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[402] those threatening Richmond and Petersburg on the east, finally reached a total development of about forty miles. The catastrophe came when Lee's army grew insufficient to man his defensive line along this entire length, and Grant, finding the weakened places, eventually broke through it, compelling the Confederate general and army to evacuate and abandon both cities and seek safety in flight.

The central military drama, the first two distinctive acts of which are outlined above, had during this long period a running accompaniment of constant underplot and shifting and exciting episodes. The Shenandoah River, rising northwest of Richmond, but flowing in a general northeast course to join the Potomac at Harper's Ferry, gives its name to a valley twenty to thirty miles wide, highly fertile and cultivated, and having throughout its length a fine turnpike, which in ante-railroad days was an active commercial highway between North and South. Bordered on the west by the rugged Alleghany Mountains, and on the east by the single outlying range called the Blue Ridge, it formed a protected military lane or avenue, having vital relation to the strategy of campaigns on the open Atlantic slopes of central Virginia. The Shenandoah valley had thus played a not unimportant part in almost every military operation of the war, from the first battle of Bull Run to the final defense of Richmond.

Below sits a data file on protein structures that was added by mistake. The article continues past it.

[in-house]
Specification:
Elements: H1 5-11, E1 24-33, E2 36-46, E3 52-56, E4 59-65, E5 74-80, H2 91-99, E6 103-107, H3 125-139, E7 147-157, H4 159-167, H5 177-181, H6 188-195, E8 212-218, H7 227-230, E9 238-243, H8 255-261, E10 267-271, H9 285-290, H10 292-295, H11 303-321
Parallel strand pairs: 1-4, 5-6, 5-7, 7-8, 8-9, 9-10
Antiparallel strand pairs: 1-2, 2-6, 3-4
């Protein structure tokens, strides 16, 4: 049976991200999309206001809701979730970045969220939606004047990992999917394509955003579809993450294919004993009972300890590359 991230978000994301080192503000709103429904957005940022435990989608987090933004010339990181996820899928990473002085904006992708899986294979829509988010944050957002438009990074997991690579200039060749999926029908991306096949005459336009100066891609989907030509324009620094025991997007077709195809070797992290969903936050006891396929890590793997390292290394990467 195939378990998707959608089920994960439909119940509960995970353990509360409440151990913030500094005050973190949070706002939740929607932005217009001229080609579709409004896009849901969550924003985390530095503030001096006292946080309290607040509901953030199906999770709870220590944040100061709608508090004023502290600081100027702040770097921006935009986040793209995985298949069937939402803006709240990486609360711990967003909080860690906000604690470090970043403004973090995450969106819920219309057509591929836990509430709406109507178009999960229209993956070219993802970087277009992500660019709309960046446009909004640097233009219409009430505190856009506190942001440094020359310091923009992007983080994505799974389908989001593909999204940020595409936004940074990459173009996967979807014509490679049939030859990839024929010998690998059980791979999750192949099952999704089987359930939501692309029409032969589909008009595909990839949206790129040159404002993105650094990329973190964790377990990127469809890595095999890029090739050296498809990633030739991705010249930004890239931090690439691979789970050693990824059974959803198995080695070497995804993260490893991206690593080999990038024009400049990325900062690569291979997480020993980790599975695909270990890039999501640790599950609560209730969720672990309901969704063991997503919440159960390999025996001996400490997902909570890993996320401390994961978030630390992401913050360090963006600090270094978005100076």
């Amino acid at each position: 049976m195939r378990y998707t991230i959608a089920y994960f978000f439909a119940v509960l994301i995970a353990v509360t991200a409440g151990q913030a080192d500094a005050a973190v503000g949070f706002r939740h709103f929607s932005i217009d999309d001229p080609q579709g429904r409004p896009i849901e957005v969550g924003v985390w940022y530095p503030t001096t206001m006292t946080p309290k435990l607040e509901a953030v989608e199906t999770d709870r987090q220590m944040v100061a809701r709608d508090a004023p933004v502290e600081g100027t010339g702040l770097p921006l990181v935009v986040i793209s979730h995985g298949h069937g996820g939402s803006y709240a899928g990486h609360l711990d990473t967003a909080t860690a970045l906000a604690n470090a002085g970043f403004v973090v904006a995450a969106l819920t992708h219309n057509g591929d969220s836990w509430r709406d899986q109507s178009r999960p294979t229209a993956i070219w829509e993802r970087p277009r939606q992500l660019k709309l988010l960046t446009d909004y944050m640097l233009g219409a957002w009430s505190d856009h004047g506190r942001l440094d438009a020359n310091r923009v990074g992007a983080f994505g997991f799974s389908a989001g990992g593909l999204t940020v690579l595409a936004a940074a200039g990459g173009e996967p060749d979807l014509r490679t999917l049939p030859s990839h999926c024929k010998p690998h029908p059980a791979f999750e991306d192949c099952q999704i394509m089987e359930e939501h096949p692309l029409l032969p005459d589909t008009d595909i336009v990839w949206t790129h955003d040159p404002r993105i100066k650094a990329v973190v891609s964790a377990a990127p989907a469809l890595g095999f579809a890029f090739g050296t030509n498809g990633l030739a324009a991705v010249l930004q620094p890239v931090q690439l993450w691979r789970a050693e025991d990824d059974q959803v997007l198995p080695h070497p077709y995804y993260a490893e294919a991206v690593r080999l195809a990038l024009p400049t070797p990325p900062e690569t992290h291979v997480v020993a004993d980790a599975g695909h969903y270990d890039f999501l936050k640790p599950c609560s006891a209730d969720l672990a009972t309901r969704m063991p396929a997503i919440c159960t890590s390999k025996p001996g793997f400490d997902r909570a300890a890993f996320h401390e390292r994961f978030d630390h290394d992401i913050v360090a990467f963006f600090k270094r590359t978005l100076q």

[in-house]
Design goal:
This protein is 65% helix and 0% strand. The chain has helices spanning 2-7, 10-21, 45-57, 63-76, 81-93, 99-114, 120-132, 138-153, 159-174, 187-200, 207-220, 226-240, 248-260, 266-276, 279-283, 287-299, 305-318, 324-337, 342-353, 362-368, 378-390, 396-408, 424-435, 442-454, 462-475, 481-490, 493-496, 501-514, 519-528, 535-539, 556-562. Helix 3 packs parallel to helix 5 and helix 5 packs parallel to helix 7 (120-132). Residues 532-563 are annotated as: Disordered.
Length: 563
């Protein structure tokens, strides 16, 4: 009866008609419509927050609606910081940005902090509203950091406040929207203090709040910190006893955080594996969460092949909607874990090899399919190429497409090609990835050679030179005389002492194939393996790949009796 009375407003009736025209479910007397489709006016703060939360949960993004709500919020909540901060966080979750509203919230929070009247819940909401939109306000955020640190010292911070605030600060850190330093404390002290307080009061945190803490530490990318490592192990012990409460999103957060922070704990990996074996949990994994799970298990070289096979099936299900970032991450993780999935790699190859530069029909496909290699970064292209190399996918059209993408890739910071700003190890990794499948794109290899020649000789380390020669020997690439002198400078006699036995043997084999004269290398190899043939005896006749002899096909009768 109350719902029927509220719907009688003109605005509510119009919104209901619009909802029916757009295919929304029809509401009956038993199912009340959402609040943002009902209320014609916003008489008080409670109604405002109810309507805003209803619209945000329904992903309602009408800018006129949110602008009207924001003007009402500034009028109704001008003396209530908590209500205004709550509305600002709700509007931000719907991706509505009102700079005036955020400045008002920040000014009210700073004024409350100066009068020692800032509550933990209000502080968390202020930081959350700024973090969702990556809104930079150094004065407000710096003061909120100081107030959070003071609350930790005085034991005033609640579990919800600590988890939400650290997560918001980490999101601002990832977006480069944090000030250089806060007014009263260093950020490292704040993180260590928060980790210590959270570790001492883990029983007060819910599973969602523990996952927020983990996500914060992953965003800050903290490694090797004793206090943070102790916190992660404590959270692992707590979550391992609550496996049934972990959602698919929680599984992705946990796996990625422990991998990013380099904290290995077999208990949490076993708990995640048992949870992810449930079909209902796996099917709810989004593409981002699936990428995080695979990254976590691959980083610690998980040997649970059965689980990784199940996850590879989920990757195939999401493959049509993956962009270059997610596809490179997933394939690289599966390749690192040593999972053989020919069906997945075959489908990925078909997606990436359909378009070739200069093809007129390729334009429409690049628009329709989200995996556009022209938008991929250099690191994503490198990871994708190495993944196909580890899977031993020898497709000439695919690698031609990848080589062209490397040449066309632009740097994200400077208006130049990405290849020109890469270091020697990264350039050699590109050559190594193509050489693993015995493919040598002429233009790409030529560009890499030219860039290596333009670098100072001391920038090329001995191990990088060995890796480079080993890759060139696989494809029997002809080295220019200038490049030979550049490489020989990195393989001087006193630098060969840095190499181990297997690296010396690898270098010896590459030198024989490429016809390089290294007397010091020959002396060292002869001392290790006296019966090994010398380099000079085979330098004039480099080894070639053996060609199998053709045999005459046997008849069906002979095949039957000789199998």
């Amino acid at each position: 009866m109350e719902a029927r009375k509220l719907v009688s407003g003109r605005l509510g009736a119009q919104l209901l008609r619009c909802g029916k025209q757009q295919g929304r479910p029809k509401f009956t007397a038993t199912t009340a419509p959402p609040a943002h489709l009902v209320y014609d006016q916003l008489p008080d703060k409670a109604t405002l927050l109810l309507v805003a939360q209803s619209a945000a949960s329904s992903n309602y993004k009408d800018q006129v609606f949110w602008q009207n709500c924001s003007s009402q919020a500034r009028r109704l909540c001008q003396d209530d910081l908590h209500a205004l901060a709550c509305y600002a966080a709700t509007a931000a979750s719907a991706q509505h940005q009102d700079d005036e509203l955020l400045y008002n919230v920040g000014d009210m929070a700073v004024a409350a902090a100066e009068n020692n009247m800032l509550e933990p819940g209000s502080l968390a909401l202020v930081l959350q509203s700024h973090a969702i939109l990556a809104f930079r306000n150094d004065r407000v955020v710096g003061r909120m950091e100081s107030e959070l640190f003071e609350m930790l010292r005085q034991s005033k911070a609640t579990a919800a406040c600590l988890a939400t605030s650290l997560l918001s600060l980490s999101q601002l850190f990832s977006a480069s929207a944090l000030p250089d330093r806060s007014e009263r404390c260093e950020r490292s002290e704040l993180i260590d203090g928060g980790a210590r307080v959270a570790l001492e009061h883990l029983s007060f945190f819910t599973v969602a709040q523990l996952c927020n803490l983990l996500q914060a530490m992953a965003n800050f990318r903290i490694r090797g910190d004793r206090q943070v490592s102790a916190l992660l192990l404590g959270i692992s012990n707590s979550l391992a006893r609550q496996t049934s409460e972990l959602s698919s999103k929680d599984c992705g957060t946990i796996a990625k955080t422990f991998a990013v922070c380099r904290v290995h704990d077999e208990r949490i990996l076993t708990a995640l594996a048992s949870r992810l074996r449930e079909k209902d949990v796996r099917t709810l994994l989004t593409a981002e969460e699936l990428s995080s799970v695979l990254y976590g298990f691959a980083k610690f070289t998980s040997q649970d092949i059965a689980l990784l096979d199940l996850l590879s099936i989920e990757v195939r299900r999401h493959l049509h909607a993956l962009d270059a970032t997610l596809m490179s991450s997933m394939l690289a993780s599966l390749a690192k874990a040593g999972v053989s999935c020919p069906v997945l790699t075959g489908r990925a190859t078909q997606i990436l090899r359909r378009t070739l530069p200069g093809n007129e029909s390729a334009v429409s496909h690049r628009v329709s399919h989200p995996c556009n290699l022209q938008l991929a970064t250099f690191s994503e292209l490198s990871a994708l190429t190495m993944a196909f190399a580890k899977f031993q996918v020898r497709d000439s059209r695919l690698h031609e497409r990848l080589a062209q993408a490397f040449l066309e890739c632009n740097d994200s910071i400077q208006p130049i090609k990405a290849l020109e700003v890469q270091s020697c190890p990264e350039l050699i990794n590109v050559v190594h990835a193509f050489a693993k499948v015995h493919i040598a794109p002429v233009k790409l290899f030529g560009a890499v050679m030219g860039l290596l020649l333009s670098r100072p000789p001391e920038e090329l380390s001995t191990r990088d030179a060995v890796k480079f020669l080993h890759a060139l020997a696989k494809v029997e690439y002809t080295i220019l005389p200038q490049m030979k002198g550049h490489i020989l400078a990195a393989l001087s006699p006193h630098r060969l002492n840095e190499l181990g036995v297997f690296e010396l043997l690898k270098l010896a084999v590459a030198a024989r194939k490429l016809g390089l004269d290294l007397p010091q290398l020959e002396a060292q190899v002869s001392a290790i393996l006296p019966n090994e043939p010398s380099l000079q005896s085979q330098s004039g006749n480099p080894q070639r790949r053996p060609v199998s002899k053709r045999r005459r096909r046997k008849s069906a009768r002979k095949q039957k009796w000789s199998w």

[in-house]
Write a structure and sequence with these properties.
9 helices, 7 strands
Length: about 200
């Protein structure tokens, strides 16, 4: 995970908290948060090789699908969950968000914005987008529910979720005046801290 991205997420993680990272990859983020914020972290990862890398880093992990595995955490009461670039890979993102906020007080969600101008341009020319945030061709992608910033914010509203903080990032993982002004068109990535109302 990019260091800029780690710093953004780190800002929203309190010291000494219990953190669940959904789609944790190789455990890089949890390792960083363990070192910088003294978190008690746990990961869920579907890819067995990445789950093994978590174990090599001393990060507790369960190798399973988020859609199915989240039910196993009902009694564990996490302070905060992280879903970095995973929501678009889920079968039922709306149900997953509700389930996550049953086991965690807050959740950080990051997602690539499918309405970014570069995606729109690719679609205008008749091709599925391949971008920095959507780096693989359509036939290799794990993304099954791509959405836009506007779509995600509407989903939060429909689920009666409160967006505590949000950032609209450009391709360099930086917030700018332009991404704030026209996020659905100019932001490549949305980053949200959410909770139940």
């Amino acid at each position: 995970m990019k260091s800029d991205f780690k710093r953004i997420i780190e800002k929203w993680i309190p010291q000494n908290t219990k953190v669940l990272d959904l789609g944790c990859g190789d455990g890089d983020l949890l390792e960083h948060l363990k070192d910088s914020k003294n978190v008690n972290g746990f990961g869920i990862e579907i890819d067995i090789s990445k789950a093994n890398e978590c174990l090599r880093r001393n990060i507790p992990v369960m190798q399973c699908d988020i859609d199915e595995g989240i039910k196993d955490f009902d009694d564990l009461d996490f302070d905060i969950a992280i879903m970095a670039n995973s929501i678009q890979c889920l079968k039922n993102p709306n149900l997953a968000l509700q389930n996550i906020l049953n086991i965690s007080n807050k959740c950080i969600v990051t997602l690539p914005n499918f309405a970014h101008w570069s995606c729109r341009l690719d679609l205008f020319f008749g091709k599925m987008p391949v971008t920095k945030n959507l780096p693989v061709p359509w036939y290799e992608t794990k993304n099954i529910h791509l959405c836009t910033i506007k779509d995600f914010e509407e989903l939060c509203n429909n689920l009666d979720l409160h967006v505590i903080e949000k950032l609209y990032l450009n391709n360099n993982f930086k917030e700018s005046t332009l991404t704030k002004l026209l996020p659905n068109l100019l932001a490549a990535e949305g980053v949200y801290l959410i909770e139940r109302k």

The plans of General Grant did not neglect so essential a feature of his task. While he was fighting his way toward the Confederate capital, his instructions contemplated the possession and occupation of the Shenandoah valley as part of the system which should isolate and eventually besiege Richmond. But this part of his plan underwent many fluctuations. He had scarcely reached City Point when he became aware

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